1 Do a blow painting
Mix two colours of paint with water, making sure you keep them runny. Colours such as blue and green, red and orange, or red and purple look good.
Pour a little of each on to some thick paper, close together. Place a straw above the middle of the paint and blow hard. Chase the paint outwards to make spiky shapes. Keep on blowing out in different directions.
Gently blot the middle of the paint with the corner of a damp rag. Then go round and round wiping the paint into the centre to create the shape of a face. Leave to dry. Then paint on eyes, eyebrows, nose, lips and ears with a fine brush.
2 Play art detective
To kindle an interest in the works of the great artists, encourage children to find out what is really going on in a painting, look at the evidence and ask questions about it.
Every painting is like a mystery waiting to be solved, according to Lucy Micklethwait, author of Discover Great Paintings, a selection of famous paintings with questions about what each one shows, facts about the painter and explanations about what you see. What are the people wearing? What is the weather like? Is it a noisy scene? Is it sad, happy or frightening? Look at the shapes, colours and textures. Try to work out the age of the painting and identify any unfamiliar objects.
"Imagine you are travelling through a tropical forest. You are hot and tired. Suddenly, you come across this scene (Rousseau's Tropical Forest with Monkeys). You hardly dare breathe," says Ms Micklethwait. "In the clearing before you there are monkeys, lots of them. Some are quite still, while others are swinging through the branches."
Q1. How many exotic flowers can you count in the picture?
Q2. Do you think that the artist painted this scene in a real jungle?
Q3. How many monkeys can you count altogether?
Q4. What are the different monkeys getting up to?
Q5. Can you spot the possible danger?
3 Act up
Professional actors preparing for any performance will do warm-up exercises. Often, these are little more than playground or party games. Getting people to play tag, Chinese Whispers, Grandmother's Footsteps, Sleeping Lions – all these games can help to unlock creative potential.
Encourage younger children to play these games and help them to understand the skills that this sort of play can develop, says Paul Sutton, director of C&T, a theatre company based at University College, Worcester, that runs theatre projects for children exploring themes linked to young people's issues and to the National Curriculum.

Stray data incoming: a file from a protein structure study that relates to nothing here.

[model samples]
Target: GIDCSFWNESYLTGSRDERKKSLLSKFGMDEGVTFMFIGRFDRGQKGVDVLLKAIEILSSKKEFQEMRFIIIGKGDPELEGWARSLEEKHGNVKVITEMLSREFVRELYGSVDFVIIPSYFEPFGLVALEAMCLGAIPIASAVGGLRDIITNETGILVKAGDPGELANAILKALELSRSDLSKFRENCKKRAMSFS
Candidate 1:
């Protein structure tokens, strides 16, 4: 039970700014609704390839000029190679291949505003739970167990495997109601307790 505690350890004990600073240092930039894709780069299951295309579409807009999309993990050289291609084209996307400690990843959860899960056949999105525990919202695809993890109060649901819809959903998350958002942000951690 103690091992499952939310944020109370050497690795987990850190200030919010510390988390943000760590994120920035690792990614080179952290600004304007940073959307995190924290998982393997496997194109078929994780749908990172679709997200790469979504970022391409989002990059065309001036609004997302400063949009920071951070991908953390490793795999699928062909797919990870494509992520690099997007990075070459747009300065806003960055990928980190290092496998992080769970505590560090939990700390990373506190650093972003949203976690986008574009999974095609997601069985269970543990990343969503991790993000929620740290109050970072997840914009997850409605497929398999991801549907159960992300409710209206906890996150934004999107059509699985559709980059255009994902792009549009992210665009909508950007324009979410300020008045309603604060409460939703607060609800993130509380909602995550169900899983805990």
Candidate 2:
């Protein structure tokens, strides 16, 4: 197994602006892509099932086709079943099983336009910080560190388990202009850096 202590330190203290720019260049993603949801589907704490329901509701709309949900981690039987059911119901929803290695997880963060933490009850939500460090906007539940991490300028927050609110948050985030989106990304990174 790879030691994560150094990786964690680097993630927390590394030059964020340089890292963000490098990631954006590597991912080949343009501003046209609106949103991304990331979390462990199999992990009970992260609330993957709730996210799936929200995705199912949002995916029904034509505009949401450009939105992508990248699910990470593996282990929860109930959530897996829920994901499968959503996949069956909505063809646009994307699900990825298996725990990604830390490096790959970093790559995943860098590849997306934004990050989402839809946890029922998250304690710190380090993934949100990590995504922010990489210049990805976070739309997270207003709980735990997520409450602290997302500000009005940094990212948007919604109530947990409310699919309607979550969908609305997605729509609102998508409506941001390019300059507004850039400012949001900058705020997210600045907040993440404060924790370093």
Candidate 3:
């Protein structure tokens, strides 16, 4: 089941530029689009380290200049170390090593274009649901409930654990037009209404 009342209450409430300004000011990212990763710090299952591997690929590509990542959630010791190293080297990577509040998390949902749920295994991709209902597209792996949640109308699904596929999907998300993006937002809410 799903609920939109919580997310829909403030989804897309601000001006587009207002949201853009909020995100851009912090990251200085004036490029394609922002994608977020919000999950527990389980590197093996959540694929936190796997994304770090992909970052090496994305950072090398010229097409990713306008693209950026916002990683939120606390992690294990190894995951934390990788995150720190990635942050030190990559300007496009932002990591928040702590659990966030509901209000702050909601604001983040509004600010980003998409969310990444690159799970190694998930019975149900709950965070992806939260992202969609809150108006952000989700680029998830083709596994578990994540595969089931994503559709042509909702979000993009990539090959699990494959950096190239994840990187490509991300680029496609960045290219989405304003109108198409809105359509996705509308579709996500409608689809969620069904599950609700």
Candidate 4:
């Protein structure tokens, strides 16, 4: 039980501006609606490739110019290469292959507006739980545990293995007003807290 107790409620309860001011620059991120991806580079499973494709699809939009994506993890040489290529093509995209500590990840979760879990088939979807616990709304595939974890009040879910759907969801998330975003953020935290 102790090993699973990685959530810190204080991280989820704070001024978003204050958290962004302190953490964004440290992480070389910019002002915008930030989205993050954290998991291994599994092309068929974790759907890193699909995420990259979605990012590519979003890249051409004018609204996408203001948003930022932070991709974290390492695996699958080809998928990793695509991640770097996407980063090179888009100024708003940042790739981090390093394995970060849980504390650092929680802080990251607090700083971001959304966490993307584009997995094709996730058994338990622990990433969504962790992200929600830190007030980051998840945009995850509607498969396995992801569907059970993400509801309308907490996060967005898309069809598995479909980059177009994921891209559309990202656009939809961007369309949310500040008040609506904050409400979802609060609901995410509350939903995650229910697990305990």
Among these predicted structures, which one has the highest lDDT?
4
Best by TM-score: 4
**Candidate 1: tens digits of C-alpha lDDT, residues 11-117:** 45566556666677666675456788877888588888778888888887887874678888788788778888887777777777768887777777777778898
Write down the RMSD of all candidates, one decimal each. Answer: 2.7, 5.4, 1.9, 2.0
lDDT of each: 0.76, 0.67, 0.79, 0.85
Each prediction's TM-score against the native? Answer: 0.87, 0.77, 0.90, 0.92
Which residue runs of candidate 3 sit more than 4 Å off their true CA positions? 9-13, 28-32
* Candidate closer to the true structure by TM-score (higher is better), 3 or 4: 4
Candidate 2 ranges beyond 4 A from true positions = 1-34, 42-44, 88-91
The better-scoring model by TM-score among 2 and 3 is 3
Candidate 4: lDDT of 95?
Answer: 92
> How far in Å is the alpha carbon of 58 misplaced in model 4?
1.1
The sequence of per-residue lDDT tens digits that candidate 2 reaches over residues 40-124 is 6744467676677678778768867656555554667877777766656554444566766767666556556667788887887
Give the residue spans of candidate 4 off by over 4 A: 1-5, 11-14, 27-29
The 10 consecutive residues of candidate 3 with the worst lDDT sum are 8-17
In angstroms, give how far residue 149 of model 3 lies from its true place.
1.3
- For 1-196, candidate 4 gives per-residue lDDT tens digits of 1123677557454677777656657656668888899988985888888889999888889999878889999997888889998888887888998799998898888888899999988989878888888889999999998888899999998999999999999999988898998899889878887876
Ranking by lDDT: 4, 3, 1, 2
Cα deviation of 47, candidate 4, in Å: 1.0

"Most of these games work at two levels," he explains. "First, you have to pretend to truly enter into the spirit of the game. Second, they involve developing listening, co-ordination and language skills."
Having played the game, encourage your child to consider why the winner won. Reflect on the skills that gave them an edge – creeping up behind grandmother quietly, perhaps. Then play the game again, this time concentrating on particular skills.
4 Get it taped
Make a tape of all the songs you know, recording friends, family and neighbours singing a variety of nursery rhymes, playground songs and chants – and the games that go with them – tongue-twisters and clapping games. "Parents can then rehearse with their children the songs that they already know, and also teach them some new ones," says Sarah Hennessy, who is the music/programme director for primary education, at the University of Exeter.
5 Create a musical story
A broad range of musical activities can be tailored to any age to encourage an interest in music and performance skills, says Professor Graham Welch, head of music education at London University's Institute of Education.
Younger children might like to take a poem or children's story book and put in sound effects. You don't need formal musical instruments for this, just household items with which you can make contrasting sounds. Kitchen utensils such as pots and pans are good. Plastic bottles with ridged sides are also good for scraping. Cut bases to different lengths for mini-drums.
Also worth getting are wooden spoons, shakers, cheese-graters, egg-slicers, seed pods, sticks, logs, shells, sand and pebbles. Look for items to create high sounds and low sounds, loud sounds and soft, ringing and dull sounds.
"Practise. Perform it with someone reading the story out loud and someone else doing the sound effects," Professor Welch says. "The record and have fun listening to the results."
Meg CarterReuse content